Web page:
Expert picks: RBC Heritage

By Golf Channel DigitalApril 10, 2012, 6:00 pm

The focus of the golf world now descends upon Magnolia Lane and Augusta National for the season's first major. Each week a panel of experts will offer up their picks from four groups of players based on Golf Channel's new fantasy game, Fantasy Challenge. We will also keep track of their scores and standings. The panel consists of: senior writers Rex Hoggard, Randall Mell and Jason Sobel; contributors John Hawkins and Win McMurry; editorial director Jay Coffin;'s Rob Bolton; 'Morning Drive' hosts Gary Williams and Erik Kuselias; and Golf Talk Central contributor Ryan Ballengee.

Rex Hoggard

Group 1: Luke Donald: Englishman lost in a playoff last year at Harbour Town and after a slow start last week at Augusta National, he finished strong with a 4-under 68.

Group 2: Stewart Cink: Former Heritage champion had bookend rounds of 71 (Thursday) and 69 (Sunday) at the Masters. it was his middle efforts - Friday and Saturday (75-81) - that are concerning but Cink is starting to show signs of life.

Group 3: Brian Gay: Light-hitting ballstrikers with smooth putting strokes seem to do well at Harbour Town and Gay is the prototype champion. He won the Heritage by 10 in 2009 and at seventh in total putting, he's an easy pick.

Group 4: Boo Weekley: As reclamation projects go Weekley may not be the easiest pick, but consider that the two-time Heritage champion has shown glimpses of his former self in recent weeks (T-3 in Puerto Rico and T-14 in Houston) and after Bubba Watson's victory last week he's looking to keep the run going for Milton, Fla.

Win McMurry

Group 1: Jim Furyk: He has all the components of what I look for in a winner - recent form and past success. Won this event in 2010 and also has a pair of runner-up finishes here, as well as strong recent performances at the Masters, Bay Hill and Transitions.

Group 2: Bryce Molder: He's had a solid season so far (six top-20 finishes in eight events) and it's gone relatively unnoticed. With the way he's performing with his irons this season, I think he finds his form and hangs around near the top this weekend.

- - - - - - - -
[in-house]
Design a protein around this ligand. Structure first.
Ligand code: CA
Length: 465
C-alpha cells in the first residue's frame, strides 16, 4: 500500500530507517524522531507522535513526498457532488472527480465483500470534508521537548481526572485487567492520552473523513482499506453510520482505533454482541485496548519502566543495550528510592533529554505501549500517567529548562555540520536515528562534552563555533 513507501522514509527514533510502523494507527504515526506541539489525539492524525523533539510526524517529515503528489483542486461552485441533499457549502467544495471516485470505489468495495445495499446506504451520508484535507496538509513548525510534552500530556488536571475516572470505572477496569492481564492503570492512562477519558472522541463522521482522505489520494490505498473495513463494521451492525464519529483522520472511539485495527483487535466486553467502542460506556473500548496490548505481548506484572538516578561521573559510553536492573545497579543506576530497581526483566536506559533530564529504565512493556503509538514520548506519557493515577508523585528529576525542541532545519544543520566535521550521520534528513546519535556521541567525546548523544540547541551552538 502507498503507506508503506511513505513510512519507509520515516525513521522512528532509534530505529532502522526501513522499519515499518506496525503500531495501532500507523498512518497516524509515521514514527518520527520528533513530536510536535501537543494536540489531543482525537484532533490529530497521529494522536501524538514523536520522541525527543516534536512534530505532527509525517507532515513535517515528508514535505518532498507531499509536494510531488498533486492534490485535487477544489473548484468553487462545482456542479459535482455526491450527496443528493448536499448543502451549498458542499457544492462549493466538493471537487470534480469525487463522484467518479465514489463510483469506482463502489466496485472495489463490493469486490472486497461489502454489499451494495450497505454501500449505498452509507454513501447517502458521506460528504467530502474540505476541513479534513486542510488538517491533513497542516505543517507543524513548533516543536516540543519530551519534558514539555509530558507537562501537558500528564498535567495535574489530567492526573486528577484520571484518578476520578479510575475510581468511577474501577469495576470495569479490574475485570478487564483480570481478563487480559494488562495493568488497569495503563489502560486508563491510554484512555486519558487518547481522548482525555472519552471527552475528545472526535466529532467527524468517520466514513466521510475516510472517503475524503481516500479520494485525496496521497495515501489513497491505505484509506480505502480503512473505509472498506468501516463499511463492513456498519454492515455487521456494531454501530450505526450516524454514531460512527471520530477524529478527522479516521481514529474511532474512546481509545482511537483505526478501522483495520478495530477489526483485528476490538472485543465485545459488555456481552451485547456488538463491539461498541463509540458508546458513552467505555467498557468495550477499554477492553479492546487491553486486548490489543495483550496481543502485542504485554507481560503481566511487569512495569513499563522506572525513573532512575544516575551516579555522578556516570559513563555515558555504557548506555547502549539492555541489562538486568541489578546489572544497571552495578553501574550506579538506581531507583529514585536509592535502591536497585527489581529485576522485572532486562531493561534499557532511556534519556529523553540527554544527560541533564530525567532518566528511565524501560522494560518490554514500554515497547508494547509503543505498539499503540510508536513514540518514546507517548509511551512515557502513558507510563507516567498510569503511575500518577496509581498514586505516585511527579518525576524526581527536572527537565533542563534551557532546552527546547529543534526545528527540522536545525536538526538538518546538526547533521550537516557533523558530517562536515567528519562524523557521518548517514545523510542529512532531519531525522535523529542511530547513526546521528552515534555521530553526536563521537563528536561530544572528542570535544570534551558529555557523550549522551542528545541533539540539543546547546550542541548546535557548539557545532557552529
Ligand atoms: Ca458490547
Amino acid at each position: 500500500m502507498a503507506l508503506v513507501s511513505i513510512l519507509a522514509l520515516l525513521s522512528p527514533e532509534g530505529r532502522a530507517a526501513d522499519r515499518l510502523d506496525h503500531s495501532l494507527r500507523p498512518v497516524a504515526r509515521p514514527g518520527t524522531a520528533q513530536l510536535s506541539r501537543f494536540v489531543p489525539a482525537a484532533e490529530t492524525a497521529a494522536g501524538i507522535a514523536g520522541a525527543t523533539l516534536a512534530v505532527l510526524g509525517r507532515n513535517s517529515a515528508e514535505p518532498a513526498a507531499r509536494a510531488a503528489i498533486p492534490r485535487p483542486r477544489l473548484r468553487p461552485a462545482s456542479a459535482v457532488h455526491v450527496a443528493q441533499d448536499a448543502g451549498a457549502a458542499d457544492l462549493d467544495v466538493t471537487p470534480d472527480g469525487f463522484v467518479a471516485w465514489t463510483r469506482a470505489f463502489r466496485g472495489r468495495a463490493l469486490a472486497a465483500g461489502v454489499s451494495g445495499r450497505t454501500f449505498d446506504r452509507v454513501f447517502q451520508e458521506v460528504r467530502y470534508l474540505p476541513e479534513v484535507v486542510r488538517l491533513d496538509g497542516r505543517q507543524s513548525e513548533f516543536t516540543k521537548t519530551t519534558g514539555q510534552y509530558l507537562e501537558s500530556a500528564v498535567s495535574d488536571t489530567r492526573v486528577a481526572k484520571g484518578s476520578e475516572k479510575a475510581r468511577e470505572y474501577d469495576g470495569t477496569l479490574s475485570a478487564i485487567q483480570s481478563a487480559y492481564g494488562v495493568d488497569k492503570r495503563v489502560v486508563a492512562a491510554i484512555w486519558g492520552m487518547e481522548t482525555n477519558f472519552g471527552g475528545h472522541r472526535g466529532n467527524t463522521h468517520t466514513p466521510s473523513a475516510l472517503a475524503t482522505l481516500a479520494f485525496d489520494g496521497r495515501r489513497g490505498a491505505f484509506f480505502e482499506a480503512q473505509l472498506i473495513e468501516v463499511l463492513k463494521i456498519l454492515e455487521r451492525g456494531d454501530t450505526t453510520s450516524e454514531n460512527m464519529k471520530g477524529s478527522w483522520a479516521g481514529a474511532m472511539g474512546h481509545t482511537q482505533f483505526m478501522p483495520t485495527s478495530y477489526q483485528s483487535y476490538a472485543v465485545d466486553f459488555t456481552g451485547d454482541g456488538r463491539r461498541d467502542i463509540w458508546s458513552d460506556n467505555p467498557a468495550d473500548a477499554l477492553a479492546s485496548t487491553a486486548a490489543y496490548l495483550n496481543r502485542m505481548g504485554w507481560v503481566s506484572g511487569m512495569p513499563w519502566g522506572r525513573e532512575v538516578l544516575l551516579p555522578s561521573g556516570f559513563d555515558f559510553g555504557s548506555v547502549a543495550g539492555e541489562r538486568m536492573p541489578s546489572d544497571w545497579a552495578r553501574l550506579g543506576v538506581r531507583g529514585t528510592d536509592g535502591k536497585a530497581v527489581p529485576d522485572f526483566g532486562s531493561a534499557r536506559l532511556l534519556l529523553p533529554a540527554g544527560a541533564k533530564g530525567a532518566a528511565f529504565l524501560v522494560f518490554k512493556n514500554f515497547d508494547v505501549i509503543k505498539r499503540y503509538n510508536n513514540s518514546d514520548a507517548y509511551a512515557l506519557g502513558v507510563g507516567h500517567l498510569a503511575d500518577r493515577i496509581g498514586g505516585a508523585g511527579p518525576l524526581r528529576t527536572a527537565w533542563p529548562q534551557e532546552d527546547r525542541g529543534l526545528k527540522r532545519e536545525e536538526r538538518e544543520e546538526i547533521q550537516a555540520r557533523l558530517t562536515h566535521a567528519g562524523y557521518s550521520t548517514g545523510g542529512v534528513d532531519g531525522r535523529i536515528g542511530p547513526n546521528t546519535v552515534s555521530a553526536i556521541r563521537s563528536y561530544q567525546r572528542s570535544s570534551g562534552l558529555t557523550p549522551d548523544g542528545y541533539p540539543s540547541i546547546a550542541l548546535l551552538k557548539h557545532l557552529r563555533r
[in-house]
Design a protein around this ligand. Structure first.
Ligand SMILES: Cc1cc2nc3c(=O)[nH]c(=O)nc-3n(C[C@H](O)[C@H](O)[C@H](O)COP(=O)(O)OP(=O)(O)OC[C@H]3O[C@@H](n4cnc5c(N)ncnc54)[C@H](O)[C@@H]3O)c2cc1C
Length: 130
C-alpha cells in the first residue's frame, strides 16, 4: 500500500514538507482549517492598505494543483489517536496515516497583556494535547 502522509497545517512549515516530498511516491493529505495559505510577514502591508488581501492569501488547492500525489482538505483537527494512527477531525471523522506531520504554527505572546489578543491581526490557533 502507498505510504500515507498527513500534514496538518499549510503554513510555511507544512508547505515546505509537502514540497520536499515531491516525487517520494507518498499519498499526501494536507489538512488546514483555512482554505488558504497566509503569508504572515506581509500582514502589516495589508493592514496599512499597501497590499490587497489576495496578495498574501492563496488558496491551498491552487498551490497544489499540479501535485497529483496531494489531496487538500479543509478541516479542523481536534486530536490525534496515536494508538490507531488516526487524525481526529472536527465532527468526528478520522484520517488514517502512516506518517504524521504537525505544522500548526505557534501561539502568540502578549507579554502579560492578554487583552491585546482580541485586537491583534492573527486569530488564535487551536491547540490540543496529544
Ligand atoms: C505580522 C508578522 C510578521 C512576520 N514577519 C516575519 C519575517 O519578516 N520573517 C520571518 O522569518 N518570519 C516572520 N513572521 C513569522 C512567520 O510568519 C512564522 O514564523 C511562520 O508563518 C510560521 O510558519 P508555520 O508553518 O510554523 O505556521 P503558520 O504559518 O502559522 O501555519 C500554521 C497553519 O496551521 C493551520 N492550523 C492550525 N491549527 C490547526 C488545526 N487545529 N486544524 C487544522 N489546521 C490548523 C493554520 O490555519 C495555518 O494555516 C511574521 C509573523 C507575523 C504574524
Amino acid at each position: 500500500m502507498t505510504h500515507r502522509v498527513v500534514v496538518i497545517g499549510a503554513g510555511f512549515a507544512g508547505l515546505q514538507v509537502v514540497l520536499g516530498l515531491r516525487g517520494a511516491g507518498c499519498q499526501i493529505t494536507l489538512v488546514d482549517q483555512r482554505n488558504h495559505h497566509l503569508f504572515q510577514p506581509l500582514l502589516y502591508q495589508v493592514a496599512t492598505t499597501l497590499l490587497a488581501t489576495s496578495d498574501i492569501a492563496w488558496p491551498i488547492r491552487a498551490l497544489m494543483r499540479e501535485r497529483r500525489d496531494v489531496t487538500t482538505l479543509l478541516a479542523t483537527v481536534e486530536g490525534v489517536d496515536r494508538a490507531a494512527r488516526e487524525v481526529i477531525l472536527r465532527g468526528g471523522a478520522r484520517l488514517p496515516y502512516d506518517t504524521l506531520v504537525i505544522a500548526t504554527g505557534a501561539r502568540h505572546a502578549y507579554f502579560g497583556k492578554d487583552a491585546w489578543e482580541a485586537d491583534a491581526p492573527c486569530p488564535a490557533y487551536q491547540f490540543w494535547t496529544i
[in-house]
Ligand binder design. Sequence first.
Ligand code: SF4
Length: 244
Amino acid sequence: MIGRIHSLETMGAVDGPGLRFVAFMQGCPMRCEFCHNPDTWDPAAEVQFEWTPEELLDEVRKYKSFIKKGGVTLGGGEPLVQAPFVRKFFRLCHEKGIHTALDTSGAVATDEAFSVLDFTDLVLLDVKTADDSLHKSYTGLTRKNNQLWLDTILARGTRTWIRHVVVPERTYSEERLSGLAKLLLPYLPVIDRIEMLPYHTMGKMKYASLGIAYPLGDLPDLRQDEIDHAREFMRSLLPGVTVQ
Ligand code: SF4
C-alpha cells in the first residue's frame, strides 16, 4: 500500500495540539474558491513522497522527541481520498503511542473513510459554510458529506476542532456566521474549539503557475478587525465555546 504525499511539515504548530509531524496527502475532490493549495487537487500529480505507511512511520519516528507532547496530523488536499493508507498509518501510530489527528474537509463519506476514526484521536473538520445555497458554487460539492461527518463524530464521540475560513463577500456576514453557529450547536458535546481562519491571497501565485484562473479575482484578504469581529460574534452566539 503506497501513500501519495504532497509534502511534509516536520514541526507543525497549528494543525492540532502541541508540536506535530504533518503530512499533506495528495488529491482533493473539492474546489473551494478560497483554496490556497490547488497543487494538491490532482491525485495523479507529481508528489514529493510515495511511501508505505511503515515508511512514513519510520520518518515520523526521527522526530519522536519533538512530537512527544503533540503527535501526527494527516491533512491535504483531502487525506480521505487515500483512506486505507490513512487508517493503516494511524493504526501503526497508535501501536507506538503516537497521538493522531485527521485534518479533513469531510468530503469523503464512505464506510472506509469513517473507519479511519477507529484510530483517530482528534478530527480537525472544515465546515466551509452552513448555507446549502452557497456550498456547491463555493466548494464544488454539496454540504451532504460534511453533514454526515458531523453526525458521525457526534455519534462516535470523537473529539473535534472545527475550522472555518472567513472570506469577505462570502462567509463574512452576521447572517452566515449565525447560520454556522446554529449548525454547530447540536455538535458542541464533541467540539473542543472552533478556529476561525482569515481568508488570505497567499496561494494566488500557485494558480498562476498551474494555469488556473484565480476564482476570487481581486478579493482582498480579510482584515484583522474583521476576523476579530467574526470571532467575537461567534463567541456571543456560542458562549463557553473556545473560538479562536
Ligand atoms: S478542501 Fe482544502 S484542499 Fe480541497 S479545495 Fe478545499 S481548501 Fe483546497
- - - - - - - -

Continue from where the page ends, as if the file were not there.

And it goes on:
Group 3: Brian Gay: What a clinic he put on here three years ago en route to his 10-stroke romp of the field. Channeling confidence here this week would certainly bring his season back in the right direction, and his impressive scrambling and sand save percentages also give him an edge.

Group 4: James Driscoll: He comes in off a T-8 in Houston and I am drawn to the stats in which he currently leads the Tour. He's first in approaches from 75-110 yards and first in putting from 5-10 feet, which are great stats for a short Harbour Town course with small greens.

Ryan Ballengee

Group 1: Luke Donald: Finished off the Masters with a solid 68, lost in a playoff here last year and is a fixture in the top three at Harbour Town.

Group 2: Brian Davis: Consecutive top-5 finishes make him a hot player and, because of his honesty here in the 2010 playoff against Jim Furyk, this place owes him one.

Group 3: Harris English: English told me last year that he likes tree-lined courses. Well, this is about as tree-lined as it gets on Tour.

Group 4: Brian Harman: Harman is 13th in the all-around ranking and has bounced back nicely after each of his two prior poor starts this year.

Randall Mell

Group 1: Luke Donald: In his last three Harbour Town appearances, Donald's finished second, T-3 and T-2.

Group 2: Ricky Barnes: Just one strong finish so far this year (third at Pebble Beach), but Harbour Town inspires him (T-4 and T-5 finishes here).

Group 3: Brian Gay: Hey, he's won at Harbour Town before (2009) and has another top-10 finish.

Group 4: Vaughn Taylor: Steady efforts this year, looking for a peak performance this week.

John Hawkins

Group 1: Jim Furyk: 2010 Heritage champion only a few weeks removed from a playoff loss at Innisbrook and had a great showing at Augusta last week.

Group 2: Brian Davis: Coming in off of back-to-back top-5 finishes at Bay Hill and Houston. After a rules infraction cost him in a playoff two years ago, this course may owe him a good finish.

Group 3: Henrik Stenson: Backed him last week and it nearly paid dividends; Stenson is clearly a streaky player as evidenced at Augusta but I think he'll finish well this week.

Group 4: Boo Weekley: The two-time Heritage winner is on the upward swing. After solid finishes in Puerto Rico and Houston do not be surprised to see his name on the board on Sunday.

Rob Bolton

Group 1: Luke Donald: No. 1-ranked golfer in the world has finished second twice and third once in the last three years at Harbour Town. Come get some.

Group 2: Brian Davis: T-4s in his last two starts this season. Unfinished business from his unfortunate rules infraction here in 2010 when he lost in a playoff.

Group 3: Brian Gay: Chalk pick. Perfectly suited for Harbour Town. Owns the tournament record at 20-under 264 in 2009.

Group 4: Boo Weekley: Two-time champion has another two top-15s in five starts here. Playing consistently well of late.